[on the news] of the hail that fell in Springfield just now. 45 minutes ago, and the thing is pretty much softball or grapefruit size. I need to turn out the light and nap. (We're leaving the TV on, albeit w/ the sound turned off. This is why I can tell you that there are great big trees down across National Avenue [in Springfield].

Sleep, Cindy. Go to sleep. While you can, Lady.

Monday, March 13, 2006
6:18 a.m.
[The girls' school] is closed due to storm damage.

What happened between telling myself to go to sleep and the school closing report is that Great Scott beat me to the girls' bed, and I woke up, as I've said, with the second line of storms directly over the county line. Directly over us. I wouldn't have had time to wake Scott up and get the girls into the closet before the tornado would have been on us, if it had come through our field. As it was, it or something very like a tornado destroyed a home of some people we know just a few miles away and damaged some other friends' houses. Six homes were destroyed near Competition and Grovespring--little communities to the near northeast whose children attend school with ours. And in Marshfield, the town just to the west, 40 homes were destroyed in a subdivision.

...And I'd intended to blog about office supply stores today.

1. Jennifer blogs about tornado weather in Columbia, Missouri this weekend here and here.
2. My mother reports that one of their customers lost their house as well.
3. The Amish community near us (see "Duncan" and "2 minutes away" above) is rumored to have been hit badly.


Jennifer said...

Wow! I'm so glad all of you are okay, even though there was a lot of destruction nearby. We had the tornadoes (sp?) too; I think 3 people died in Central Mo. Scary stuff.

Michael said...

Glad to hear your family is ok... As another Missourian, we had our eyes and ears plastered to the weather all day yesterday as storms came through several times.

seeker said...

I too am glad that you are okay.

Feeble Knees said...

Being up in the Northeast, I had no idea about the storms until I turned on the news this morning, & my first thought was of you folks.

I'm so glad to read you're all safe & well!

Cindy said...

Thanks to everyone for the concern and good wishes.

Jennifer--You were on my mind as we watched the storms to the north. Glad you came out of it safe as well, even if your tea DID get cold.

Michael--Glad you and yours are safe, too. Saw on your blog you'd been traveling this weekend. Glad you made it home alright.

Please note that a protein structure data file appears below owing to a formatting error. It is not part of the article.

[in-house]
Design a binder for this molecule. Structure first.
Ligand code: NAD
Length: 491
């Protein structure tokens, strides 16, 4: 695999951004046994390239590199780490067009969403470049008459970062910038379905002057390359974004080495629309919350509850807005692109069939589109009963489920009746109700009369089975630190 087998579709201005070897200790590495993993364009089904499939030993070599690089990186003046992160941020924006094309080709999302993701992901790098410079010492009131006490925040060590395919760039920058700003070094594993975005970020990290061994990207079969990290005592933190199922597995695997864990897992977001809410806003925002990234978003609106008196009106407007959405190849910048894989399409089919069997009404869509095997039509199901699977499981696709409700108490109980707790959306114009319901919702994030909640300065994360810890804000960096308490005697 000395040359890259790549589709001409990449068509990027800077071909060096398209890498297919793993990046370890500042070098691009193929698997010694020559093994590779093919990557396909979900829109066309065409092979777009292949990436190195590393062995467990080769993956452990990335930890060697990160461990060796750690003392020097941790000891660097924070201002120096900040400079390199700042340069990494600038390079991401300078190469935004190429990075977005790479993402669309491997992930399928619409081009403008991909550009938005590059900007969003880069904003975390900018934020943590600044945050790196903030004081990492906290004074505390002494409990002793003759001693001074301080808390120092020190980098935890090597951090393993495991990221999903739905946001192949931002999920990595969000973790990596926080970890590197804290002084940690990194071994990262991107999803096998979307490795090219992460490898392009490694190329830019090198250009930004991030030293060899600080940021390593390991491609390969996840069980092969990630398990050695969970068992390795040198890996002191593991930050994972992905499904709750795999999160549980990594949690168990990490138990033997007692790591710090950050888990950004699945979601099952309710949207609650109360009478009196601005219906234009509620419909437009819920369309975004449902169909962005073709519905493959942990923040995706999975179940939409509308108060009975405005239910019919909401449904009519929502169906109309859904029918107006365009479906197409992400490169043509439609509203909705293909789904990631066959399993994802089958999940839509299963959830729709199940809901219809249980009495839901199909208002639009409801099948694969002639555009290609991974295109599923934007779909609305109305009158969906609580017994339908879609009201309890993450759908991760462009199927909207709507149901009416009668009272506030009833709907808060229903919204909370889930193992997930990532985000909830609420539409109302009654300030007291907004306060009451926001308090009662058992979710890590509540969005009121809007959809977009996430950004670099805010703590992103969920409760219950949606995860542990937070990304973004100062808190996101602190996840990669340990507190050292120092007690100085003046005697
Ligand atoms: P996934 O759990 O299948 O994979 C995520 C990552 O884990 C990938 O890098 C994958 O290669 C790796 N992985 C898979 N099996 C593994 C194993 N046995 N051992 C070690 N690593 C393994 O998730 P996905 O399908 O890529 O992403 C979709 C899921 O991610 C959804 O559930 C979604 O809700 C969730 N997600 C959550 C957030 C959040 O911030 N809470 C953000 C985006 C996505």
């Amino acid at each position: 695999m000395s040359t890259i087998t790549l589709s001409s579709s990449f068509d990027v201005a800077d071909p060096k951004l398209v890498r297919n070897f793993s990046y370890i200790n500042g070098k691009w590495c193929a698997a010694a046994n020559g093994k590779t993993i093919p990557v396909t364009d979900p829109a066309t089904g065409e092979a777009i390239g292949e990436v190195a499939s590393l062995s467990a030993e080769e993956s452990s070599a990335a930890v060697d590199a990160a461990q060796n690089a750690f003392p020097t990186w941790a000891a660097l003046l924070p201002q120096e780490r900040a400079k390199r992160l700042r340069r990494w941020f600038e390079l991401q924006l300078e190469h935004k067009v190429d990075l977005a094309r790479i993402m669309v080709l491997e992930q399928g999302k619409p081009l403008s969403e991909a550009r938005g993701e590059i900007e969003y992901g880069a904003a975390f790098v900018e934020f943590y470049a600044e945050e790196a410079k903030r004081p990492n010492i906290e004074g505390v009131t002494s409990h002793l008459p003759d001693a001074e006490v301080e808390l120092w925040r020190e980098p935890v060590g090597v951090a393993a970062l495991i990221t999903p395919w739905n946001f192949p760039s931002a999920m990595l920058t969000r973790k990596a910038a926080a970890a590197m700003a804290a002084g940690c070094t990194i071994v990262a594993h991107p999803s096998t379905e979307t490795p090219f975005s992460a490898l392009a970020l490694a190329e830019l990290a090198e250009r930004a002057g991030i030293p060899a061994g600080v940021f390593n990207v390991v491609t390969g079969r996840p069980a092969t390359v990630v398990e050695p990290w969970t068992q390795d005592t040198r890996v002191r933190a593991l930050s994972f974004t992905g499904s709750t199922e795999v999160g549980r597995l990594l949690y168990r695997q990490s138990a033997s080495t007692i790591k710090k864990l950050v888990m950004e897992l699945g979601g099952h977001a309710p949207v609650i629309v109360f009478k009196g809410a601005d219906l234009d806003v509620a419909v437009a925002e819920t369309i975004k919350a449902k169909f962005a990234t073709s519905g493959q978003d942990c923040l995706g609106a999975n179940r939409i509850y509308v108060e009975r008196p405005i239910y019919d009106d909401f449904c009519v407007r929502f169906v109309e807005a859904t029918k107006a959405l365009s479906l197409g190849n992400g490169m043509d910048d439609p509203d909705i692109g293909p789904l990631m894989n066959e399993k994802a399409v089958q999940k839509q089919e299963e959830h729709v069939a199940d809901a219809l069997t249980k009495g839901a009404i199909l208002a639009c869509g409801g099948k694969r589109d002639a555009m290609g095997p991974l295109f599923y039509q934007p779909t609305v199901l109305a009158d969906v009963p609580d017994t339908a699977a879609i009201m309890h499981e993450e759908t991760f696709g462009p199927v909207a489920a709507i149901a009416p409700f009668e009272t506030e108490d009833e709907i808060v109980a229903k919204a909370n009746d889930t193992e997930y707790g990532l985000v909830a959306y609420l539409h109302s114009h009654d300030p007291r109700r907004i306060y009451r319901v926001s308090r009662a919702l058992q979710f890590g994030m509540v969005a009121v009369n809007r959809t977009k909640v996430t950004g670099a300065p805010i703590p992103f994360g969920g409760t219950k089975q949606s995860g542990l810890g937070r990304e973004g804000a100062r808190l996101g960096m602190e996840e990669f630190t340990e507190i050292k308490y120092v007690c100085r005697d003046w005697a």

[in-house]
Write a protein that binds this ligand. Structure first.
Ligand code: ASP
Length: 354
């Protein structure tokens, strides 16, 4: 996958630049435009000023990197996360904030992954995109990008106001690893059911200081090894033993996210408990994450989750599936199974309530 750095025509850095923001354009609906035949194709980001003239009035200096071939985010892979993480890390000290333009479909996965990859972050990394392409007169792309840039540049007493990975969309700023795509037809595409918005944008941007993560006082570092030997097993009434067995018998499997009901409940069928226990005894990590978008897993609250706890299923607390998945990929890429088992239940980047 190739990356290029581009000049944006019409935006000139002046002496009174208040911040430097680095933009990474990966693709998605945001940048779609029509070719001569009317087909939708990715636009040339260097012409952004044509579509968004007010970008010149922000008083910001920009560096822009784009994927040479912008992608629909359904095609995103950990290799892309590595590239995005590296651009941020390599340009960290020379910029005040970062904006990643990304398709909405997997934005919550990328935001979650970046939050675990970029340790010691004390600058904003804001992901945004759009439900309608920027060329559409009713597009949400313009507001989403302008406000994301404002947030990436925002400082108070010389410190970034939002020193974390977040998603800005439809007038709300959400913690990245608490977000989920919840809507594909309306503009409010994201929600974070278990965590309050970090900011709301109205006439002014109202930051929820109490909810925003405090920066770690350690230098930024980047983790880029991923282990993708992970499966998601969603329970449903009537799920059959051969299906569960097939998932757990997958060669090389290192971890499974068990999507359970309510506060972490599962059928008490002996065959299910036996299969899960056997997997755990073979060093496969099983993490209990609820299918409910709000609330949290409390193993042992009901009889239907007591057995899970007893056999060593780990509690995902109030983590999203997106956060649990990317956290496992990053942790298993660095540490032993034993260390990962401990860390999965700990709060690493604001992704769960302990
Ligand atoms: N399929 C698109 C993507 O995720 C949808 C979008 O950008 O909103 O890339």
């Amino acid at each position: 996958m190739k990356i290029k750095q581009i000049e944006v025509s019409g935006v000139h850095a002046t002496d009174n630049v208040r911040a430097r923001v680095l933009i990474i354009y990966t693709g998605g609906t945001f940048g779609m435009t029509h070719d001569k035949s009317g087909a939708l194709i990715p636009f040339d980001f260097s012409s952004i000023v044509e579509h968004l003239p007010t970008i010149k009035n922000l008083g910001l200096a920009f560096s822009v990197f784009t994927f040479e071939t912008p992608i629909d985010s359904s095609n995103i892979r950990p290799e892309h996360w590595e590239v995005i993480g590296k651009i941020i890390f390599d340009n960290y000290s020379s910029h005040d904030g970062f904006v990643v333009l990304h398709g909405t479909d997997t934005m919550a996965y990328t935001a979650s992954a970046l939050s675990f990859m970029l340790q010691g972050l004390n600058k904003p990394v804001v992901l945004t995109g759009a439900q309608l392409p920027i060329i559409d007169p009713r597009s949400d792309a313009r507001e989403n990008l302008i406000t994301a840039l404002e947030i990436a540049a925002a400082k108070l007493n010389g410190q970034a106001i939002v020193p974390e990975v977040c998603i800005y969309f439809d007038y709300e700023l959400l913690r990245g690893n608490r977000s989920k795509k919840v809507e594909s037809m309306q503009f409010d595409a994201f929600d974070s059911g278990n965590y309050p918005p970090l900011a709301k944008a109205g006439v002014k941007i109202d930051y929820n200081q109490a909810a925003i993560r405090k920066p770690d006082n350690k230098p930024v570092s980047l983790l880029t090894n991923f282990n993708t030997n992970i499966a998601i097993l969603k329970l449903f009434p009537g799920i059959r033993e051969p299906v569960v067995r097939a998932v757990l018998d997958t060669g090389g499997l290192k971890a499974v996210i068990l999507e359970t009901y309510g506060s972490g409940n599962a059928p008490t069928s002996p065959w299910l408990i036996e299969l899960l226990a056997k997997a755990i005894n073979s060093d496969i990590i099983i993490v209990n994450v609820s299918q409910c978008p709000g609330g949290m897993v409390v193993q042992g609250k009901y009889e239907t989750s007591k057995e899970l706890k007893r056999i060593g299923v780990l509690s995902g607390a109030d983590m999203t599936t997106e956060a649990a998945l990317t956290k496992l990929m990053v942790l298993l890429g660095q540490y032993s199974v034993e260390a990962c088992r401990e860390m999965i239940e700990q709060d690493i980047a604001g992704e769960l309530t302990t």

Seeker--Thanks. We're pretty happy about it, too. :)

Feebs--Thank you. I hope it blows itself out by the time it gets to your end of the nation.

Dawn said...

Cindy, You guys were in my thoughts and I am glad that you all are okay. One question... I am still trying to get more info about Springfield, MO. Do you know if it was hit bad? I have some dear friends there and I can't get a hold of them.

Lauren said...

Hey, just a heads up from us here in northwest Springfield. Brad and I are fine, no serious damage up here. Hail only got to golfball size and scared the heebie jeebies out of the cats. I heard rumors of hail that was baseball sized in southeast Springfield but saw nothing first hand.

Business was rather slow today and I presume the storm had much to do with it, but I have not heard anything too terrible about damage in Springfield itself.

We are glad you are all safe and sound. You guys are truly blessed, and much loved. Stay safe out there, eh?

Fieldfleur said...

Down in Vanzant on Saturday night, the cows entered the atmooospheric conditions, loudly all around the house. Bizarre. Fortunately, the clouds passed quickly as if on to better prey.
Glad you all were okay there!
Loved your poem!

Dave said...

I'm glad to hear you are okay. We only saw minimal news about the storms over here. I had no idea there were so many twisters in the Ozarks.

It brought back memories of watching the local TV reports and live radar as storms would go through Indiana. We don't have any dramatic weather like that in the UK.